So, it’s March 27, 2014. (Yes I’m dating this.) I am tired, exhausted both physically and mentally, and yet I couldn’t be happier. Over the past week, I went on a trip that I will remember for a long time. I joined our beloved Lady Dukes and went to Texas with the JMU Pep Band (Ho!) to watch our girls play their hearts out in the NCAA Tournament. While the final result was not what we were hoping for (we ended up losing in the second round) the experience was unforgettable. To be around the team and hang out with them and to get to know each other was an incredible experience. We got to see a new place that most of us have never seen before in College Station, Texas, and we got to experience food that we have never experienced before, among many other things. With way too much money to spend in a single day on food being given to us by the university, and a roof over our heads, also by the university, you could say we were living the American Dream ideology for a few days.
However, that’s not what I’m going to talk about in this short paper. I’m going to talk about a moment where my naming an athlete was violated at the end of the trip. We, those labeled as fans, create a persona and certain expectations when we name someone an athlete. We expect them to be tough and athletic. We expect them to be almost looking down on the rest of us. Maybe not look down as much as we expect them to think of us fans as one of a lot. Whenever I personally talk to an athlete and tell them they did a good job, my naming them as an athlete makes me expect that they’ll say thank you and move on with their lives. After all me telling them good job is just one of a lot of people saying the same thing right? Well, on Tuesday night after our loss to Texas A&M, I experienced an anomaly to this that I will remember for the rest of my life. We stayed up at the hotel to cheer on the girls after they returned from the loss. When they got back you could tell they were devastated, but they were holding it together. Staying tough, to use that word again. Once things started to disband, and the girls were heading towards the elevator to go to sleep, I pulled one of them aside, one of the two seniors Kirby Burkholder, hugged her, and told her that what she did in our win against Gonzaga on Sunday was magical. With just a few minutes left in that game and us down by four, Kirby stepped up and led a 12-0 run by JMU that eventually gave us the win. When I told her what she did was magical, I just expected a thank you. She did. However, she also started crying. I could tell that what I said to her really resonated with her, and this violated my expectations of her. It was as if, right at that moment, I, one person, told her exactly what she needed to hear. This experience is definitely an anomaly within this power structure. At that moment, the relationship from athlete-to-student felt more like a relationship from a friend-to-friend. It touched me as much as it touched her, and I will not forget it for a long time.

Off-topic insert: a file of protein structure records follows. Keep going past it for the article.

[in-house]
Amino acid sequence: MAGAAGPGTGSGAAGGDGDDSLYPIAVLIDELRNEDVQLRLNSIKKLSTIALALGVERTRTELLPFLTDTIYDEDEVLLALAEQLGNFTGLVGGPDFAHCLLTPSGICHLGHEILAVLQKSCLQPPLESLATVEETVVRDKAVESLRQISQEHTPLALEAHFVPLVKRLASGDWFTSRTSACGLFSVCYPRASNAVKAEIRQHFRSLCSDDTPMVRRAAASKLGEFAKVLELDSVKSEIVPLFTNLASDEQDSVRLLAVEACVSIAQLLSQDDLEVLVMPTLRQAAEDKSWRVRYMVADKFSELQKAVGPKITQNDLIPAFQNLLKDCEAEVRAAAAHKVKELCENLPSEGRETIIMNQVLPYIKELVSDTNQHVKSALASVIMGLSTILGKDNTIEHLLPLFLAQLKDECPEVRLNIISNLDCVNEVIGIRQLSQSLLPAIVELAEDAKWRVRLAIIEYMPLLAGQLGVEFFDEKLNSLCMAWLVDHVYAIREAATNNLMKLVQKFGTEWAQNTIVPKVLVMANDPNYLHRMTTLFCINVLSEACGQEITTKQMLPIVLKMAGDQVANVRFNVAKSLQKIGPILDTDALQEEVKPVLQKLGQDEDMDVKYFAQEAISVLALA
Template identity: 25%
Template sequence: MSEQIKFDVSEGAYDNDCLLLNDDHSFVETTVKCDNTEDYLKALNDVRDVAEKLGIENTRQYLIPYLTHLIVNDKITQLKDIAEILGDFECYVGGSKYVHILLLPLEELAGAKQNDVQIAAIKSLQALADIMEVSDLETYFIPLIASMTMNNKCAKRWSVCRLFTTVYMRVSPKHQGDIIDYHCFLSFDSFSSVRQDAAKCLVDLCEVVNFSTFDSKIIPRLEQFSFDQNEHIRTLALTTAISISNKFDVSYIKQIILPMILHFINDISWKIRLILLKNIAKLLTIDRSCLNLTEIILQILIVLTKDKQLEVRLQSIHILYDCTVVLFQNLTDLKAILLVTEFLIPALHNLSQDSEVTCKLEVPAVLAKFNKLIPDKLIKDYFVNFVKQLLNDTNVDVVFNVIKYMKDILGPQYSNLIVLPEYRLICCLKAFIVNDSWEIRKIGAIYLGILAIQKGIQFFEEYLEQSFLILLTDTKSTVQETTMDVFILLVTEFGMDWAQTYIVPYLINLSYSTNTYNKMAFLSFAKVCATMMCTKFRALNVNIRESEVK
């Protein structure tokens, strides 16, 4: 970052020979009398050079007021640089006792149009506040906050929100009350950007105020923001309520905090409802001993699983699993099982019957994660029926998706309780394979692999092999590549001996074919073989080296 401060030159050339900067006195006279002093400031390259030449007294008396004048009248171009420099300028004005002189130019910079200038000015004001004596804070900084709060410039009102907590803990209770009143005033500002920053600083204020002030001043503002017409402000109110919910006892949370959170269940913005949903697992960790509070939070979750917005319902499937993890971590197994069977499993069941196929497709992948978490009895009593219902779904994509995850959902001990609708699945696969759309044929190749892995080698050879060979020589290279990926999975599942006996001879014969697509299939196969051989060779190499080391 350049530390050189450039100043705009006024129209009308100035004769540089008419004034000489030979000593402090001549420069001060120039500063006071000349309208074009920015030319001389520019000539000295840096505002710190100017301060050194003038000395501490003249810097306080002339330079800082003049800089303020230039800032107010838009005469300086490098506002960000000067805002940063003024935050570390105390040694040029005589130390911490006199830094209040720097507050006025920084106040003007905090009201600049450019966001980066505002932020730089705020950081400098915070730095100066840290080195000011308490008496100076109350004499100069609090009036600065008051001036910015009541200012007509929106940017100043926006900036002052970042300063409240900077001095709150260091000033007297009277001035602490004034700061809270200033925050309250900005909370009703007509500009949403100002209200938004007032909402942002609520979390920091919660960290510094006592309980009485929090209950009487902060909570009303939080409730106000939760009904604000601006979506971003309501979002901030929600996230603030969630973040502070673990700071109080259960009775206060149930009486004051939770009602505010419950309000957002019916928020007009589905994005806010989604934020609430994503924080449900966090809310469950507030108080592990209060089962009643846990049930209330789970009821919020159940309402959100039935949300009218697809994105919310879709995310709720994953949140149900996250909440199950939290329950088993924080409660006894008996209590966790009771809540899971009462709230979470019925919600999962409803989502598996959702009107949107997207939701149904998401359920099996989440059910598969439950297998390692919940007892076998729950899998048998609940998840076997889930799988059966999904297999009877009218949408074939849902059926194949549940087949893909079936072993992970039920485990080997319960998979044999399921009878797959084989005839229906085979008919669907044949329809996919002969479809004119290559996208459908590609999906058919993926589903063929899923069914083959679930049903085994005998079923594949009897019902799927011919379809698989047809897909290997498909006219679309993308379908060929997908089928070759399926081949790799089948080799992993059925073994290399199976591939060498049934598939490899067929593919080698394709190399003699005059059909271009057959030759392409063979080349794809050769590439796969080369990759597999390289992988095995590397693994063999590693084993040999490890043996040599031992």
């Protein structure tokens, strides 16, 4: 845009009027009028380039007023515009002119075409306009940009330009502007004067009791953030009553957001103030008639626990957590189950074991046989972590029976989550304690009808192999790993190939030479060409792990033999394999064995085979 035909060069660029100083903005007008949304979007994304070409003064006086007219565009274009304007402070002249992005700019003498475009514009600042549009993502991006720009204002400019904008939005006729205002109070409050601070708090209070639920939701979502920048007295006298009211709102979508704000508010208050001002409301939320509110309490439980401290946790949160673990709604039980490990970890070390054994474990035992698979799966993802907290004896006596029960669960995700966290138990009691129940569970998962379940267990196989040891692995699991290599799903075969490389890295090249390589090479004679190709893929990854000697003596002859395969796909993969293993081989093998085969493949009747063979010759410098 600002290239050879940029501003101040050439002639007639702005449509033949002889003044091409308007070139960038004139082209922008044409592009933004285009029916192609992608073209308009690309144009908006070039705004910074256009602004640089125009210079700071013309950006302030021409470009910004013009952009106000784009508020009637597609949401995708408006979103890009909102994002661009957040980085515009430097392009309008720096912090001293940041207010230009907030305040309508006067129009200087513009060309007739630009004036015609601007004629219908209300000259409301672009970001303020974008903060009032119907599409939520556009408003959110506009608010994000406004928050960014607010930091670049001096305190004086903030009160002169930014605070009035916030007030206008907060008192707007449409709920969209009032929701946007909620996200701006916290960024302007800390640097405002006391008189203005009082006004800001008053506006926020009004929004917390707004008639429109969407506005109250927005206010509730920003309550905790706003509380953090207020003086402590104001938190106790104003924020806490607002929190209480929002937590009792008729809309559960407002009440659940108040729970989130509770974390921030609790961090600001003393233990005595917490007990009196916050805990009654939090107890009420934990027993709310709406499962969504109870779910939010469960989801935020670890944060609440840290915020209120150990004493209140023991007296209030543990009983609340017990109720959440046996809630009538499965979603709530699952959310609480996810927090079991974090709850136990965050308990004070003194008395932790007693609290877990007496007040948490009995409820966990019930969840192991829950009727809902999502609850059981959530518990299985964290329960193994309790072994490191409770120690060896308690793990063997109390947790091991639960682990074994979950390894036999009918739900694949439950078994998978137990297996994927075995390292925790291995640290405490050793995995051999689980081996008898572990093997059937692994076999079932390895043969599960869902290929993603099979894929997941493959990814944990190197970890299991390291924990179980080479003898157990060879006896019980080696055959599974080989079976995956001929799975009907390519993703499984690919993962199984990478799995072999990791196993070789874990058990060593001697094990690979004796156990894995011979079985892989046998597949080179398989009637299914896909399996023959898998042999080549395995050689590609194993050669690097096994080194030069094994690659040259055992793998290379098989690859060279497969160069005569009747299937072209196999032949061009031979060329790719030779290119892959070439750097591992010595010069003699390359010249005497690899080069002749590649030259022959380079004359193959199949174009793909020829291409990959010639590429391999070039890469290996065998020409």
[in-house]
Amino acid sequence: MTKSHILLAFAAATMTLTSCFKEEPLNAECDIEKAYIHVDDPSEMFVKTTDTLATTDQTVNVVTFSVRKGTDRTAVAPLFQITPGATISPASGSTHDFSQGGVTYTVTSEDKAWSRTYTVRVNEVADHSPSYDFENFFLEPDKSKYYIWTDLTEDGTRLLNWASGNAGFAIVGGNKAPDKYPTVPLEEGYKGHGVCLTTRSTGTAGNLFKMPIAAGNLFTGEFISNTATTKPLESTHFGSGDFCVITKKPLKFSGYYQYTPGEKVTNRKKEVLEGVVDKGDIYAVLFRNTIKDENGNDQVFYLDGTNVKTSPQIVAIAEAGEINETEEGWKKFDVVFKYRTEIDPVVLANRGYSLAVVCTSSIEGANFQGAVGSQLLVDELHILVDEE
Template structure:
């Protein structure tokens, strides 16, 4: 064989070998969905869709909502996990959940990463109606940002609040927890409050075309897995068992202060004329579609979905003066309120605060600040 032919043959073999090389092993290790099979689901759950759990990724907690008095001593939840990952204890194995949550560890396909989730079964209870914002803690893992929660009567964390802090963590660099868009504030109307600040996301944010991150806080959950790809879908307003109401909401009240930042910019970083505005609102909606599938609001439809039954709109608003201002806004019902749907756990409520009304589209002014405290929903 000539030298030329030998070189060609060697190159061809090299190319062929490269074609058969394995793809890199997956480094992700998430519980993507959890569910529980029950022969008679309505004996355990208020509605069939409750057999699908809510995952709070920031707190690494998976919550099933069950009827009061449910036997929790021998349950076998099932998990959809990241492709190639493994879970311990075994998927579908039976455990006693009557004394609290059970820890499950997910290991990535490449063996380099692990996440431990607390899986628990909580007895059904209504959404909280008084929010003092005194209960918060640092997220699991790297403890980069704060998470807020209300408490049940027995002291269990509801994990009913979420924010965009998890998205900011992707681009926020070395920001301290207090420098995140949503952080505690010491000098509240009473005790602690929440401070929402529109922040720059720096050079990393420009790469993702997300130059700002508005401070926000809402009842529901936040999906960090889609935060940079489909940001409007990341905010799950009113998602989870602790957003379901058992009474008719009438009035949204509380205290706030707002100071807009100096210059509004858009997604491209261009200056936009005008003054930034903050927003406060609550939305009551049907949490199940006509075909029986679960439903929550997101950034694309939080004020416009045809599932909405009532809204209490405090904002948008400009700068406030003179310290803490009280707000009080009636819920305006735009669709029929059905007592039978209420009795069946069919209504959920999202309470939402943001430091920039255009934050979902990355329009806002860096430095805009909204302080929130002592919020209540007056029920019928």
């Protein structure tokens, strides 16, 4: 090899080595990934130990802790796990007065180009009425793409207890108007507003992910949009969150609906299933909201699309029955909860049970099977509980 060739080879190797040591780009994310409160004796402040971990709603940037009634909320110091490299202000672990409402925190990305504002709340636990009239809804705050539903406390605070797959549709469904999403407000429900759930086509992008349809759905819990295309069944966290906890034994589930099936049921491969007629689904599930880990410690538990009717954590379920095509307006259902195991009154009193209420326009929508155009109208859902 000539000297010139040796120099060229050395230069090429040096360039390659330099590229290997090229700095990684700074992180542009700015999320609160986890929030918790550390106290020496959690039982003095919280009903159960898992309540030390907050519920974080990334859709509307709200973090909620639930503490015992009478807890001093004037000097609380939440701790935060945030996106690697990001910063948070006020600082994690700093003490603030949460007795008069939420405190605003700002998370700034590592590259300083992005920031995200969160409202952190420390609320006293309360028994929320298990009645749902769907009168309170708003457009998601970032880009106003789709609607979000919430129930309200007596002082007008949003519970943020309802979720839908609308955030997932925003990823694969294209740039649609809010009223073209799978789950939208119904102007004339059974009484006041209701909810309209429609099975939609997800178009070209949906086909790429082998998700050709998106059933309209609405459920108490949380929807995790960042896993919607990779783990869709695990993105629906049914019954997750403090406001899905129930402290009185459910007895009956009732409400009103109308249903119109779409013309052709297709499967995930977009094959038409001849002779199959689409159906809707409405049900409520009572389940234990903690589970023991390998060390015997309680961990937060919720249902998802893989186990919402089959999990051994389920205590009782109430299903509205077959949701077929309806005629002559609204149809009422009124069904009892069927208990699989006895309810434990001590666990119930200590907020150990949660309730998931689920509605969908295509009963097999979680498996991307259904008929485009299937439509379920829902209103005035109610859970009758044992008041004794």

Update on my paper: I have begun writing the paper, but am only about a page in. Still not an easy task but I still have the confidence that I will be able to do it.